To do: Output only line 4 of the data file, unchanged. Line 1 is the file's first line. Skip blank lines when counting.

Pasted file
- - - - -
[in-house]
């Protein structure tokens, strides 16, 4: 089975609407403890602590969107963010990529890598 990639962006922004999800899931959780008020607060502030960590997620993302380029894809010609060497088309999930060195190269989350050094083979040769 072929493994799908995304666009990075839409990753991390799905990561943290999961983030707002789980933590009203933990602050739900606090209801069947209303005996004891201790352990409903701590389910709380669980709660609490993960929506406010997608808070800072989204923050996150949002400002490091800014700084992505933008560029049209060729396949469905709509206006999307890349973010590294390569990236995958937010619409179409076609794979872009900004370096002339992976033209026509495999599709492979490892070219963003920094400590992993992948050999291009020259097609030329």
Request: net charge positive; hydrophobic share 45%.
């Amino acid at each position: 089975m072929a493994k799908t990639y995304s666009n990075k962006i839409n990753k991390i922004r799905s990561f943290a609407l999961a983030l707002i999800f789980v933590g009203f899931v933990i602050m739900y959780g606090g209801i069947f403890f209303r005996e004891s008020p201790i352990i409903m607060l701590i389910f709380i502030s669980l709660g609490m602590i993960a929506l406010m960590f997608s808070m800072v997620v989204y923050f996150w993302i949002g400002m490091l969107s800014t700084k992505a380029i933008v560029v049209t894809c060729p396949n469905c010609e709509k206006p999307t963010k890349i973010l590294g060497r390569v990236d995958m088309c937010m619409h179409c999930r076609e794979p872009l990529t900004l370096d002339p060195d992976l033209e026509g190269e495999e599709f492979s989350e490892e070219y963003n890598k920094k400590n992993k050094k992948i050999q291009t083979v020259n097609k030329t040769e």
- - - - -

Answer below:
């Amino acid at each position: 089975m072929a493994k799908t990639y995304s666009n990075k962006i839409n990753k991390i922004r799905s990561f943290a609407l999961a983030l707002i999800f789980v933590g009203f899931v933990i602050m739900y959780g606090g209801i069947f403890f209303r005996e004891s008020p201790i352990i409903m607060l701590i389910f709380i502030s669980l709660g609490m602590i993960a929506l406010m960590f997608s808070m800072v997620v989204y923050f996150w993302i949002g400002m490091l969107s800014t700084k992505a380029i933008v560029v049209t894809c060729p396949n469905c010609e709509k206006p999307t963010k890349i973010l590294g060497r390569v990236d995958m088309c937010m619409h179409c999930r076609e794979p872009l990529t900004l370096d002339p060195d992976l033209e026509g190269e495999e599709f492979s989350e490892e070219y963003n890598k920094k400590n992993k050094k992948i050999q291009t083979v020259n097609k030329t040769e």